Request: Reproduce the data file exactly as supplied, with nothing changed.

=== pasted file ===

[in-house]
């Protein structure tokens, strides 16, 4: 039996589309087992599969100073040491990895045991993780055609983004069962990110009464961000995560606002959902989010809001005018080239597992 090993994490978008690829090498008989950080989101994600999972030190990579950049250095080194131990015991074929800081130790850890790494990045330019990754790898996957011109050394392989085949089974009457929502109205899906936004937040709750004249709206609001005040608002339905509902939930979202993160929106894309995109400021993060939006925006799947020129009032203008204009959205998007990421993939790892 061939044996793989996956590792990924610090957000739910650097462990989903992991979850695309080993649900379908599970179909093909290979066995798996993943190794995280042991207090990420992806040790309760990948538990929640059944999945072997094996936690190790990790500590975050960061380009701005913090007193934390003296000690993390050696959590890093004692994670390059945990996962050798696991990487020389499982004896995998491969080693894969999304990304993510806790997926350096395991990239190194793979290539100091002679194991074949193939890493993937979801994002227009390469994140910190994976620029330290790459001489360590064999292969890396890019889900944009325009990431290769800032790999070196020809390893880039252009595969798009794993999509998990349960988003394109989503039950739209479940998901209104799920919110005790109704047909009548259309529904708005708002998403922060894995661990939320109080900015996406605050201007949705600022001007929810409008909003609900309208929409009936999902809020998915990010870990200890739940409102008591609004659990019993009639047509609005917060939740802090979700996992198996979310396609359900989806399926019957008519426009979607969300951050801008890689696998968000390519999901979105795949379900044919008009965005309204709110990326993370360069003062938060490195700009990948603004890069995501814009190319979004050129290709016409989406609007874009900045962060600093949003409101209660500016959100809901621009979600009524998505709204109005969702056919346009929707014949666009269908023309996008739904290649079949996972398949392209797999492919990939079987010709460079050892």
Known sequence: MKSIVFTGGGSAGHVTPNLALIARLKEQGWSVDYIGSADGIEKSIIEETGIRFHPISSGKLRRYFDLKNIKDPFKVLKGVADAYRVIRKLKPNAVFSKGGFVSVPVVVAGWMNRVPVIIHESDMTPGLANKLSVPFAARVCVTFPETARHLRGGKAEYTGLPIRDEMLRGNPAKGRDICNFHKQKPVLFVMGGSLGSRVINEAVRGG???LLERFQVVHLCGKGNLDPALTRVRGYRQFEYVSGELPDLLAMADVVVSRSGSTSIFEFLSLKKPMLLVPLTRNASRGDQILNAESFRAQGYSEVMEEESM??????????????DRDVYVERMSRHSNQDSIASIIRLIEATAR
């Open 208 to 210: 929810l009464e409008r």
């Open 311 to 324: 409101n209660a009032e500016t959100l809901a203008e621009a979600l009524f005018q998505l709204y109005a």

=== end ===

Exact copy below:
[in-house]
């Protein structure tokens, strides 16, 4: 039996589309087992599969100073040491990895045991993780055609983004069962990110009464961000995560606002959902989010809001005018080239597992 090993994490978008690829090498008989950080989101994600999972030190990579950049250095080194131990015991074929800081130790850890790494990045330019990754790898996957011109050394392989085949089974009457929502109205899906936004937040709750004249709206609001005040608002339905509902939930979202993160929106894309995109400021993060939006925006799947020129009032203008204009959205998007990421993939790892 061939044996793989996956590792990924610090957000739910650097462990989903992991979850695309080993649900379908599970179909093909290979066995798996993943190794995280042991207090990420992806040790309760990948538990929640059944999945072997094996936690190790990790500590975050960061380009701005913090007193934390003296000690993390050696959590890093004692994670390059945990996962050798696991990487020389499982004896995998491969080693894969999304990304993510806790997926350096395991990239190194793979290539100091002679194991074949193939890493993937979801994002227009390469994140910190994976620029330290790459001489360590064999292969890396890019889900944009325009990431290769800032790999070196020809390893880039252009595969798009794993999509998990349960988003394109989503039950739209479940998901209104799920919110005790109704047909009548259309529904708005708002998403922060894995661990939320109080900015996406605050201007949705600022001007929810409008909003609900309208929409009936999902809020998915990010870990200890739940409102008591609004659990019993009639047509609005917060939740802090979700996992198996979310396609359900989806399926019957008519426009979607969300951050801008890689696998968000390519999901979105795949379900044919008009965005309204709110990326993370360069003062938060490195700009990948603004890069995501814009190319979004050129290709016409989406609007874009900045962060600093949003409101209660500016959100809901621009979600009524998505709204109005969702056919346009929707014949666009269908023309996008739904290649079949996972398949392209797999492919990939079987010709460079050892």
Known sequence: MKSIVFTGGGSAGHVTPNLALIARLKEQGWSVDYIGSADGIEKSIIEETGIRFHPISSGKLRRYFDLKNIKDPFKVLKGVADAYRVIRKLKPNAVFSKGGFVSVPVVVAGWMNRVPVIIHESDMTPGLANKLSVPFAARVCVTFPETARHLRGGKAEYTGLPIRDEMLRGNPAKGRDICNFHKQKPVLFVMGGSLGSRVINEAVRGG???LLERFQVVHLCGKGNLDPALTRVRGYRQFEYVSGELPDLLAMADVVVSRSGSTSIFEFLSLKKPMLLVPLTRNASRGDQILNAESFRAQGYSEVMEEESM??????????????DRDVYVERMSRHSNQDSIASIIRLIEATAR
């Open 208 to 210: 929810l009464e409008r």
């Open 311 to 324: 409101n209660a009032e500016t959100l809901a203008e621009a979600l009524f005018q998505l709204y109005a």